MARINE CORPS AIR STATION BEAUFORT, S.C. -- The Marine Corps Administrative Analysis Team East visited Fightertown this week to conduct an inspection of the installation’s administrative offices to ensure proper procedures are being followed and Marines are receiving proper pay and entitlements.
The MCAAT was established by the Commandant of the Marine Corps to evaluate the effectiveness of the Marine Corps Total Force System and all associated field management procedures related to the administration of pay and allowances.
The average score of a personnel administration office in the Marine Corps is 92 percent; however, Fightertown’s IPAC surpassed the Corps’ average with a score of 94.7 percent, according to Chief Warrant Officer 3 C. J. Thomas, the assistant director of IPAC.
The inspection team’s main focus was the Installation Personnel Administration Office; however, they also inspected the admin offices in Marine Aircraft Group 31, Headquarters and Headquarters Squadron, Combat Logistics Company 23, Marine All-Weather Fighter Attack Squadron 533 and Marine Aviation Logistics Squadron 31.
“We inspected every agency with a piece of the puzzle involving the proper payment of Marines,” said Master Sgt. Arne Johnson, the staff noncommissioned officer in charge of MCAAT East.
The inspectors want to ensure there is an open line of communication and proper procedures are being followed when passing information from the squadrons to IPAC, Johnson explained.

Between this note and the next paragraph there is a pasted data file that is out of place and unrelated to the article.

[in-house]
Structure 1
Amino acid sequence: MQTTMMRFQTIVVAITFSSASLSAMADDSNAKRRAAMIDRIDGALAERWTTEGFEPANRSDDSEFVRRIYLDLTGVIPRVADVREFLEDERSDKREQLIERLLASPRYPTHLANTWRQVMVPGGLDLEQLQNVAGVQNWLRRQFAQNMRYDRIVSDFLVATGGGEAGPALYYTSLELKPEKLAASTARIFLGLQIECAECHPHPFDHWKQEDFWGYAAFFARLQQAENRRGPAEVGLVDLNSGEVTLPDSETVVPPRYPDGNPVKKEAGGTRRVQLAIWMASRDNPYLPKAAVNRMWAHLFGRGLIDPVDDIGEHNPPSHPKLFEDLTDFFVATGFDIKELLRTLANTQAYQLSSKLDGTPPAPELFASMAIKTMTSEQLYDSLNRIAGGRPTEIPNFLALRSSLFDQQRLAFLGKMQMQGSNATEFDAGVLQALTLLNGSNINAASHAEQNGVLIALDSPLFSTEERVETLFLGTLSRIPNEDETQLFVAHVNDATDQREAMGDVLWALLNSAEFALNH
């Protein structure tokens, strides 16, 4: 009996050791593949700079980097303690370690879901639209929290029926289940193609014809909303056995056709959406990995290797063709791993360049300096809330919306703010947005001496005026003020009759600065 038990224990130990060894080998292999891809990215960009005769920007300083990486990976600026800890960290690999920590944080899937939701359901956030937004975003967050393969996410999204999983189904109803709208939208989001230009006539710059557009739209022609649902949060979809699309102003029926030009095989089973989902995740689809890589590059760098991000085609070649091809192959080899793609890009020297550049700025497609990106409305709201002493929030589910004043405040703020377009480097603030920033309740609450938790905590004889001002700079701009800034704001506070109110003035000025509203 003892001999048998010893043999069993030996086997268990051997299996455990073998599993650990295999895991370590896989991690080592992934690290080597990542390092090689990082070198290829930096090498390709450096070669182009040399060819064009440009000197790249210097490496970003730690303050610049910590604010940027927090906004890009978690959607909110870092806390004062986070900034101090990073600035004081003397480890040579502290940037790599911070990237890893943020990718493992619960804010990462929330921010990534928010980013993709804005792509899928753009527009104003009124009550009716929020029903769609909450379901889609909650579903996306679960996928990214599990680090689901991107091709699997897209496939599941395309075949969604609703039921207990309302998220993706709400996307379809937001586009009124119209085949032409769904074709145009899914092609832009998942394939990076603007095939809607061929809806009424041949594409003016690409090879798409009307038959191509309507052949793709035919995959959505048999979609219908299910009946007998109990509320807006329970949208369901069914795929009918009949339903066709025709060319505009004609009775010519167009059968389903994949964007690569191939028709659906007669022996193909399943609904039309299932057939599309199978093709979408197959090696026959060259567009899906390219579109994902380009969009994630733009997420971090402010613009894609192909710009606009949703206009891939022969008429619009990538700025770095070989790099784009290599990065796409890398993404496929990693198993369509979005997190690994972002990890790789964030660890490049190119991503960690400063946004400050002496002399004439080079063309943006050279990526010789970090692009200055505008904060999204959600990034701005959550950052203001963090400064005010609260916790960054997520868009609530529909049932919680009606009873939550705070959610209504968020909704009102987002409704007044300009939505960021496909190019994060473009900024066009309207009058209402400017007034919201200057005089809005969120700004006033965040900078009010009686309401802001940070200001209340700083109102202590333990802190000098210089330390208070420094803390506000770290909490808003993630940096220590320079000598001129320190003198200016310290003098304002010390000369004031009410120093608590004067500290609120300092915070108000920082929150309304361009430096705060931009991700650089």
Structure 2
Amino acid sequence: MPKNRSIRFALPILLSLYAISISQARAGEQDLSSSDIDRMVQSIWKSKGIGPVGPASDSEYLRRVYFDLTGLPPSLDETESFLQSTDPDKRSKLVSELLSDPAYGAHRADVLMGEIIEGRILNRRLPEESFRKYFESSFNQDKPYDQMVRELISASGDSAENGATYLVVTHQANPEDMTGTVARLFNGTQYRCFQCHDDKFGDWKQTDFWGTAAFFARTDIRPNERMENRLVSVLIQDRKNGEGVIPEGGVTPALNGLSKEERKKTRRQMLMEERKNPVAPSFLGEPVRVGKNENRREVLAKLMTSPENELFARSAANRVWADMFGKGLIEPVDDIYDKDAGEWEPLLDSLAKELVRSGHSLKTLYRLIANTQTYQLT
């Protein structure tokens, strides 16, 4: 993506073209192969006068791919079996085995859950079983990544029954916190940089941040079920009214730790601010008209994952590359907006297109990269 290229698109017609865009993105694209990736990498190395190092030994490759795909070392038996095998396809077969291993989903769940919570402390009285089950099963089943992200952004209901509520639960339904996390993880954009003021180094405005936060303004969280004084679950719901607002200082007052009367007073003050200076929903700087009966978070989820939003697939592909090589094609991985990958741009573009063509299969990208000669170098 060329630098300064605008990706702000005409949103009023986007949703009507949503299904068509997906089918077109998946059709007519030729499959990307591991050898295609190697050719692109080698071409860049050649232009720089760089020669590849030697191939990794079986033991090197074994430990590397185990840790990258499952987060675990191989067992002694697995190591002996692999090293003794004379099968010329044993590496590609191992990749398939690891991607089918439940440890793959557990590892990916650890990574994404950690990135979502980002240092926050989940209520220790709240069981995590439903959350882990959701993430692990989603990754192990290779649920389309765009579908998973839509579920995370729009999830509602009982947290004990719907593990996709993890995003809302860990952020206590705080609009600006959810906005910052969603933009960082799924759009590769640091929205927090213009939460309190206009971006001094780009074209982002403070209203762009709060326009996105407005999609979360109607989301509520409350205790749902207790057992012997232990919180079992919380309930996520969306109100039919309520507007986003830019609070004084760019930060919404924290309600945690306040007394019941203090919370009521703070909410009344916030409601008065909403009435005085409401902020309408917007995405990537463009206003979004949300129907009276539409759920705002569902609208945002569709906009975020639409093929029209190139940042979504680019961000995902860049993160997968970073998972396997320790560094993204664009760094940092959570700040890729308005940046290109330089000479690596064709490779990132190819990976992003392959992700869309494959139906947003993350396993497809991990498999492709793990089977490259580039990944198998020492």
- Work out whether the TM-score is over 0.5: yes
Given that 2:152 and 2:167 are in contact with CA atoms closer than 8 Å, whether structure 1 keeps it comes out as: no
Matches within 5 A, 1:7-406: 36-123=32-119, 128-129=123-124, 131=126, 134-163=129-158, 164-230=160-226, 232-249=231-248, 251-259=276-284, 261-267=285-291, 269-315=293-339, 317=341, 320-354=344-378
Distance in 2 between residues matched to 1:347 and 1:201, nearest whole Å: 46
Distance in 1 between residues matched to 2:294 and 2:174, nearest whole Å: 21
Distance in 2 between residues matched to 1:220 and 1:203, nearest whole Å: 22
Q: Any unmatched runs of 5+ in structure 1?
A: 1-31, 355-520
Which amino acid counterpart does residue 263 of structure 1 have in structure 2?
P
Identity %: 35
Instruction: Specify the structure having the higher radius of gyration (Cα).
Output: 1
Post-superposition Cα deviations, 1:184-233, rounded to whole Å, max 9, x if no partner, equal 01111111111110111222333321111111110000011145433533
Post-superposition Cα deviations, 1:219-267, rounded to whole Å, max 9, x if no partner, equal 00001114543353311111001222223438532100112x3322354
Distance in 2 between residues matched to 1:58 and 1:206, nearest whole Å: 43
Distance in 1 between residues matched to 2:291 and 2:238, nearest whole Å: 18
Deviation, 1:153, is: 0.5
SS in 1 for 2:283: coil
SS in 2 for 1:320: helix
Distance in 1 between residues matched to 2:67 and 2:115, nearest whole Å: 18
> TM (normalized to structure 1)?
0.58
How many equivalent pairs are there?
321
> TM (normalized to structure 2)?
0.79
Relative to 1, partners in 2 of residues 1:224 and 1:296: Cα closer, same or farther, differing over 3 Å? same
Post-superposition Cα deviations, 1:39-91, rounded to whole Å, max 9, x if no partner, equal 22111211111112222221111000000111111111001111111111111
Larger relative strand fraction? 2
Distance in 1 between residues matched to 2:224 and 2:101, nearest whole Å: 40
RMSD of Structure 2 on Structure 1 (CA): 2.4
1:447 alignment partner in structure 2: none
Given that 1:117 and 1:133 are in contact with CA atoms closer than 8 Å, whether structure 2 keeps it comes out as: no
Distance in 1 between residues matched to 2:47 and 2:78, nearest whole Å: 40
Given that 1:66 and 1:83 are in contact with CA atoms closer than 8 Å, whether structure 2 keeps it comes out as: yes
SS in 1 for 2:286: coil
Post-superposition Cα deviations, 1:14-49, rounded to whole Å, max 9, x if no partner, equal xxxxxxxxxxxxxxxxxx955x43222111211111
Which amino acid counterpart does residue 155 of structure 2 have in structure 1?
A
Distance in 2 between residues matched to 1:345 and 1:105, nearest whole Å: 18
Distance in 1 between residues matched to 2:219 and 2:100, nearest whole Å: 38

The MCAAT focuses on making sure 23 different entitlements, including Basic Allowance for Housing, Basic Allowance for Subsistence, Family Separation Allowance and incentive pay among others, are correctly dispersed to Marines, Johnson explained. They also evaluate different internal controls such as unit diary entries, orders, audits, travel control procedures and meal cards, on their document flow and product effectiveness.
“Nothing affects the morale of Marines more than getting proper and timely payments and entitlements,” Johnson said.
The MCAAT holds inspections Corps-wide once every two years and admin shops often spend months preparing.
“We began preparing for the inspection in September,” Thomas said. “We held classes on what Marines were expected to look for with different scenarios. We then split the Marines into teams and took samples of record books to make sure the pay was correct. We also inspected our internal controls and corrected any problems.”
To lend a helping hand the IPAC Marines conducted courtesy inspections with Fightertown squadrons, Thomas explained.
“The Marines have been exhausted but excited,” Thomas said. “They put in a lot of hard work and are reaping the benefits.”
Although senior leaders are ultimately responsible for their shop’s performance during the inspection, the stress of having a team evaluate their work can take its toll on junior Marines in the office as well.
“I was a bit nervous about the inspections; this was my first one,” said Cpl. Quentin Brown, a pay clerk with IPAC. “I heard all these horror stories about how bad it was, but it wasn’t. The whole IPAC was confident and I think we did great.”
“We’re glad the MCAAT is here, it gives us the opportunity to make sure what we are charged with doing, we are doing,” said Chief Warrant Officer 5 Dale Wilkes, the director of IPAC. “Everything we do is to service the Marines.